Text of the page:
Macbeth in Act 2 Scene 2 at line 61 in Scotland, did cause the death of King Duncan and thereby commit murder in the first degree, to wit: (stabbed in the night with a dagger multiple times), contrary to s. 235(1) of the Criminal Code of Scotland.
How does the accused plea?
Macbeth in Act 2 scene 3, at line 110 in Scotland, did cause the death of King Duncan’s two guards and thereby commit murder in the first degree, to wit: (stabbed in the morning with a dagger multiple times), contrary to s. 235(1) of the Criminal Code of Scotland.
The Prosecution must prove the facts in issue for each charge beyond a reasonable doubt.
The Prosecution calls its witnesses. A typical witness testimony would go as follows:
Witness gets on “stand” and is asked to promise to tell the truth. The witness typically then spells out their name for the record and the Crown has them identify themselves and usually give some background as to who they are and how they became involved. The Crown will then have them give their account of the events. The Prosecution can, as they ask questions, have the witness identify evidence (exhibits) to prove their case, for example a bloody dagger.
Once the Prosecution questions the witness the Defence can cross-examine and ask questions about their testimony to try to “raise a reasonable doubt”. Once they do this the Prosecution can then “re-examine”, but can only ask questions to clarify. They cannot ask new questions about things not discussed.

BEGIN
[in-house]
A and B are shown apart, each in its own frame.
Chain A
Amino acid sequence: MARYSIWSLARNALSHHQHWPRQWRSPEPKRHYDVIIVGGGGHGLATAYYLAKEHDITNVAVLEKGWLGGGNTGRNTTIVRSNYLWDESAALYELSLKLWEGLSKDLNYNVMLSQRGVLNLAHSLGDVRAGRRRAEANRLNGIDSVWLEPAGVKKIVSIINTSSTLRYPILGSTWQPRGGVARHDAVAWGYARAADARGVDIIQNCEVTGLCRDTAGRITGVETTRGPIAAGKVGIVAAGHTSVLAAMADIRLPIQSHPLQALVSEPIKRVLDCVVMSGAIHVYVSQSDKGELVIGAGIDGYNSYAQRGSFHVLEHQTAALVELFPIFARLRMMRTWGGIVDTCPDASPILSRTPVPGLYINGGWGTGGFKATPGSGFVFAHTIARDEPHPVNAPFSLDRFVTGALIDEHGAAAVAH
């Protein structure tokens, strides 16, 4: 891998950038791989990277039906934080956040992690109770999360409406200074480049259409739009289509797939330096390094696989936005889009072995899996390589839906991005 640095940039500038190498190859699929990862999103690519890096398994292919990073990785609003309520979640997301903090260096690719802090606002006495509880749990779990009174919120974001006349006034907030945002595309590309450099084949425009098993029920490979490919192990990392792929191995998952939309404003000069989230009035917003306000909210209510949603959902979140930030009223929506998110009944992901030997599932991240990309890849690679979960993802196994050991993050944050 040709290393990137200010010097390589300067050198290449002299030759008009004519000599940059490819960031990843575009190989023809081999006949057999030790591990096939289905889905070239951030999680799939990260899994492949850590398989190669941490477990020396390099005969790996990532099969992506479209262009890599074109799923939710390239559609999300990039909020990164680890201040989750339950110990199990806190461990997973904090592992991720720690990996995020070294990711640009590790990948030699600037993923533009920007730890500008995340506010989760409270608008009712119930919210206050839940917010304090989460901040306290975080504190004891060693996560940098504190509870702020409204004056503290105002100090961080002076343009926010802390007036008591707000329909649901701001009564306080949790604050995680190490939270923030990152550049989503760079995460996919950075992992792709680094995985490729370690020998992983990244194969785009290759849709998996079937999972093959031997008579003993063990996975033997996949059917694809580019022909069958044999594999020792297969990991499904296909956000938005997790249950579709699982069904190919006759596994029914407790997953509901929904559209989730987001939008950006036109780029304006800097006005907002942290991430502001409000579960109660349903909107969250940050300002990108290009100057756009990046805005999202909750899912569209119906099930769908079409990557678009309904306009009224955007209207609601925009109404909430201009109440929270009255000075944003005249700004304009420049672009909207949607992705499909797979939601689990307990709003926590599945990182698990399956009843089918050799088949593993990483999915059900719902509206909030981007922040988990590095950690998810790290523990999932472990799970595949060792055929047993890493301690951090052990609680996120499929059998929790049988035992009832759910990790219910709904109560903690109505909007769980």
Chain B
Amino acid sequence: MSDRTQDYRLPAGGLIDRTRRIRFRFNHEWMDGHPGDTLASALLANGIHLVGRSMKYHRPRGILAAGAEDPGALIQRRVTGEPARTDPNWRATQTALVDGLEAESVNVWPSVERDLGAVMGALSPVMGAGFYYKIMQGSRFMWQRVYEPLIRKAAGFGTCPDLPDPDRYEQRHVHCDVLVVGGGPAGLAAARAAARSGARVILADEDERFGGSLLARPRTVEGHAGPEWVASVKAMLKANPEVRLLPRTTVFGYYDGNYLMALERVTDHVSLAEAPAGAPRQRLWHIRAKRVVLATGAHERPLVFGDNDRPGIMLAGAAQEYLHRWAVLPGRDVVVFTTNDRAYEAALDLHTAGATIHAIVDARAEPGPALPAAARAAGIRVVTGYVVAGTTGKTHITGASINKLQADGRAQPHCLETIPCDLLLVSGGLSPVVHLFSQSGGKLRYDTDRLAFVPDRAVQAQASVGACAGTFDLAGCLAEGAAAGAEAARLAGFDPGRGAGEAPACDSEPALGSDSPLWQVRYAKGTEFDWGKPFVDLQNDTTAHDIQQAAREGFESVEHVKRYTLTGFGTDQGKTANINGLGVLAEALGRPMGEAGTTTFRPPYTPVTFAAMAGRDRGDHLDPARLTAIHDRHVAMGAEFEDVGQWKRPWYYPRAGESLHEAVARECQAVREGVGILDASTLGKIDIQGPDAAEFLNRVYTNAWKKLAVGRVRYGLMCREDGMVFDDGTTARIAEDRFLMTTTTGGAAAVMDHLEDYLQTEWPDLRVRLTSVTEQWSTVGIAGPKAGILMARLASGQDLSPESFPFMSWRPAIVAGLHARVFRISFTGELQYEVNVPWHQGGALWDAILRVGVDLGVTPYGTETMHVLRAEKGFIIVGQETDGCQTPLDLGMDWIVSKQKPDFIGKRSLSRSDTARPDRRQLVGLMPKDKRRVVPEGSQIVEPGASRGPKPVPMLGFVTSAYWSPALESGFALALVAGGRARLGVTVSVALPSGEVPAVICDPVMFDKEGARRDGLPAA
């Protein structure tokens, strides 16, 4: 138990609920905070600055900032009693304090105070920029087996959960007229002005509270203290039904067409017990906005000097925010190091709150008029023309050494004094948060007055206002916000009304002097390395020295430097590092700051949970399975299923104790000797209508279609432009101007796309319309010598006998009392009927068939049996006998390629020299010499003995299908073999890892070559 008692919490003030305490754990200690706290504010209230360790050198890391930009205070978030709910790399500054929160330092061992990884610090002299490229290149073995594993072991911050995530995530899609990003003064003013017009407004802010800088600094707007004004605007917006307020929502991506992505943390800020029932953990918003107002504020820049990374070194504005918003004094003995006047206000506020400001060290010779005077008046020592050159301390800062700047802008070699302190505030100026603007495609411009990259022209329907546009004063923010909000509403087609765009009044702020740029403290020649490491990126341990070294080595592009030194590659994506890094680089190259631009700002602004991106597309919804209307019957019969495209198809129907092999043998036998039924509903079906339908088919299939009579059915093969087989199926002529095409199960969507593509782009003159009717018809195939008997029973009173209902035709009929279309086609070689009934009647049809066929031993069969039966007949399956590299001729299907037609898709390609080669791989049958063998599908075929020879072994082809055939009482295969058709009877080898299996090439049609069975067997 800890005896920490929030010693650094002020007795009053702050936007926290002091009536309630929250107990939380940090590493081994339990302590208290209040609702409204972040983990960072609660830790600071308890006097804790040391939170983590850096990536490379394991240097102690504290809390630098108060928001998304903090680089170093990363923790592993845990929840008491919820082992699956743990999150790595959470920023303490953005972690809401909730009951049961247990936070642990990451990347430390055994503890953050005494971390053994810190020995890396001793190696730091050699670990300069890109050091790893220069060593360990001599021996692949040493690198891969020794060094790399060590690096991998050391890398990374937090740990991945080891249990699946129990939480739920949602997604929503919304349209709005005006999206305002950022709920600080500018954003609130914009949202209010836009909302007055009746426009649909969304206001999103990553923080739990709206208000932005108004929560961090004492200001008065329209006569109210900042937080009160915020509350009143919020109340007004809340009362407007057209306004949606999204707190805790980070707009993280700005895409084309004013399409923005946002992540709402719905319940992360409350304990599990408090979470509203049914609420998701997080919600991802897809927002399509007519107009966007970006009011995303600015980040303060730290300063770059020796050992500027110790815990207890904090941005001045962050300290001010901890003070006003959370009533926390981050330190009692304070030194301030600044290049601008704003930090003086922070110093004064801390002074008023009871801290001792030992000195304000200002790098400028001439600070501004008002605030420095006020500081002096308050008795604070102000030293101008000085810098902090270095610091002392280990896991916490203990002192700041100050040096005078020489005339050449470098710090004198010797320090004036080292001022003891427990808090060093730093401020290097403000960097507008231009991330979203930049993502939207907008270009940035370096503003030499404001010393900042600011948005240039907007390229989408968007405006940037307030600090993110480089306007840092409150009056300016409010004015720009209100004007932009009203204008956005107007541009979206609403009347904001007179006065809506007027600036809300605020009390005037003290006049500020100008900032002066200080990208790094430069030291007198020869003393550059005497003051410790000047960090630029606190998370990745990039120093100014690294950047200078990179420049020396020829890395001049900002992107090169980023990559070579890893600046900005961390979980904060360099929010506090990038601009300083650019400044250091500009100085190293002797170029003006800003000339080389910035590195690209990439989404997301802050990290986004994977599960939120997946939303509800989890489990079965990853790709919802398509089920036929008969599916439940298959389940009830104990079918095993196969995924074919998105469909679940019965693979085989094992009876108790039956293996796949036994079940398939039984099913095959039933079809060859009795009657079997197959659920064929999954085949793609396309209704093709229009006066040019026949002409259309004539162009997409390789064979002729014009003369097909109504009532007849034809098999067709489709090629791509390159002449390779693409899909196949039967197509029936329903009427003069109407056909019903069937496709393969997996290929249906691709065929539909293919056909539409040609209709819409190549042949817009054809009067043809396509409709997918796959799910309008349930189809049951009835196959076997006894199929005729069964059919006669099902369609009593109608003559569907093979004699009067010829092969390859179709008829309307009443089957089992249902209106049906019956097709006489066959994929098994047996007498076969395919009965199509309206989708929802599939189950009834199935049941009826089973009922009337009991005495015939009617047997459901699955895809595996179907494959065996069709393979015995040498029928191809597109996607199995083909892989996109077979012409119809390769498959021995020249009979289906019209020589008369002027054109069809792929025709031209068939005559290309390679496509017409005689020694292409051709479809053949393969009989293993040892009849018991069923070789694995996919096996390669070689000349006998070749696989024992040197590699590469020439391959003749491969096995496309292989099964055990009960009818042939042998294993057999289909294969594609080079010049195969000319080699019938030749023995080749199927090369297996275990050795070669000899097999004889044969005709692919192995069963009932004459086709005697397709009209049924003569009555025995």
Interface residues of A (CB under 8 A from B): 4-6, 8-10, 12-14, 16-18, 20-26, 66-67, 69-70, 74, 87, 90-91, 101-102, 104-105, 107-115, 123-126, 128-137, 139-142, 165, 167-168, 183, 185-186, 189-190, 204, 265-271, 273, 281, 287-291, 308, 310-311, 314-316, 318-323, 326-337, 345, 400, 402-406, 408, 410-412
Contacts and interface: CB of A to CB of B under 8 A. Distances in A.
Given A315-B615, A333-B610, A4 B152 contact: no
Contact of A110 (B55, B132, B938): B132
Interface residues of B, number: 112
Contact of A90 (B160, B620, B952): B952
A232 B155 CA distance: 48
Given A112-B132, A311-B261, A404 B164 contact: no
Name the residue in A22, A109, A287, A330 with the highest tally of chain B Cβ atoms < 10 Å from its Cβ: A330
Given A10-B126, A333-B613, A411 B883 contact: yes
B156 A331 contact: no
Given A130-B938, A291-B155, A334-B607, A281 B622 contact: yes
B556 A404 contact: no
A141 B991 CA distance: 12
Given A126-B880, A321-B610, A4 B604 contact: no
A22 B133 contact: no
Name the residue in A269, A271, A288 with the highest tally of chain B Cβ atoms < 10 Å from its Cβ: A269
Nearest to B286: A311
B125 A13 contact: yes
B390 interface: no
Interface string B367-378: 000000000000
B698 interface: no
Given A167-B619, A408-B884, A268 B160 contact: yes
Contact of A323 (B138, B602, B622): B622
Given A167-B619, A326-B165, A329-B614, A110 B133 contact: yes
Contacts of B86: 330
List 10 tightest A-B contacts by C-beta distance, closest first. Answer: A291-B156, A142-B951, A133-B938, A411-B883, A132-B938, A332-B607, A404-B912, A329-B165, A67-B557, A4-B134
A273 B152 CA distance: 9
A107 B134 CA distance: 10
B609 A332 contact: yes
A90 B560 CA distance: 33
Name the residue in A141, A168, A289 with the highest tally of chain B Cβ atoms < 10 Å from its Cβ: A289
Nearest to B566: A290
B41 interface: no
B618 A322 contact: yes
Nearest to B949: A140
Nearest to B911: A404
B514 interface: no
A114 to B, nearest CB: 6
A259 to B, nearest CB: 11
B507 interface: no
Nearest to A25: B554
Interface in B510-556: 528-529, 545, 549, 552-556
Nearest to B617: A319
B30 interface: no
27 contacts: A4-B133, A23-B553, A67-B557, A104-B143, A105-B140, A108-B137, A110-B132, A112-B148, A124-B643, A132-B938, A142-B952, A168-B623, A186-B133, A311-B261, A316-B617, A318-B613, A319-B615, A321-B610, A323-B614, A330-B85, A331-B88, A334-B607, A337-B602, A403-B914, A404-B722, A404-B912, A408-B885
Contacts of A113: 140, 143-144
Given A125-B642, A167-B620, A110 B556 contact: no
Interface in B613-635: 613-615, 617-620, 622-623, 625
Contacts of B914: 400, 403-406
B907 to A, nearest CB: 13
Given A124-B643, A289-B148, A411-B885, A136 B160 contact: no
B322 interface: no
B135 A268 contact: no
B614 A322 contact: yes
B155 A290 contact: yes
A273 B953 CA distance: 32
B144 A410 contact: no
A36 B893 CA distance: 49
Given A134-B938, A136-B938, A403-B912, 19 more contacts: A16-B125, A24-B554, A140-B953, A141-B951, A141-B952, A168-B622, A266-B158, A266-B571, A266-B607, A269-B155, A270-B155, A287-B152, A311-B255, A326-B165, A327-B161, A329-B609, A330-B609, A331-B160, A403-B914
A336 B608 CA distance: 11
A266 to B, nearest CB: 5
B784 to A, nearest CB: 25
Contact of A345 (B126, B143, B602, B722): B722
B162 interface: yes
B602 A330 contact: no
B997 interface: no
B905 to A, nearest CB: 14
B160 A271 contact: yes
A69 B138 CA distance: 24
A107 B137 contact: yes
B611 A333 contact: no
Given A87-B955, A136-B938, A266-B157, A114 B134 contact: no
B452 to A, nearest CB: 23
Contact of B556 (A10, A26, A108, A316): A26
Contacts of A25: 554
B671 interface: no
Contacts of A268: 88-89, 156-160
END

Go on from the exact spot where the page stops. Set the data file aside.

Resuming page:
Once all the Prosecution’s witnesses have testified the Prosecution “rests” and the Defence calls its witnesses. The questioning is the same, but with the Defence going first, the Crown cross-examining and the Defence then re-examining. Both the Prosecution and Defence can have expert witnesses testify to things (usually to physical evidence, Forensic officers are usually “experts”) – THE POLICE. Once the Defence’s witnesses have gone the Defence rests.
The Prosecution and Defence then present their closing arguments, basically summing up the evidence and explaining why they believe that it proves their case. The judge (CROWN) then deliberate and determine whether the accused is guilty or not-guilty of each charge. The judge or jury can also decide if they think the accused is guilty of a lesser offence (2nd degree murder, or manslaughter for example, or if the Defence has proven that they are not criminally responsible by reason of mental illness, again this means that they have to prove the accused didn’t know it was the wrong thing to do).
The judge or jury (CROWN) then reads the verdict and then sentencing can begin, or the accused can be free to go.
Witnesses:
Lady Macbeth, Doctor, Fleance, Macduff, Malcom, Chambermaid, Major Crimes Detective, Witches, Hired Assassins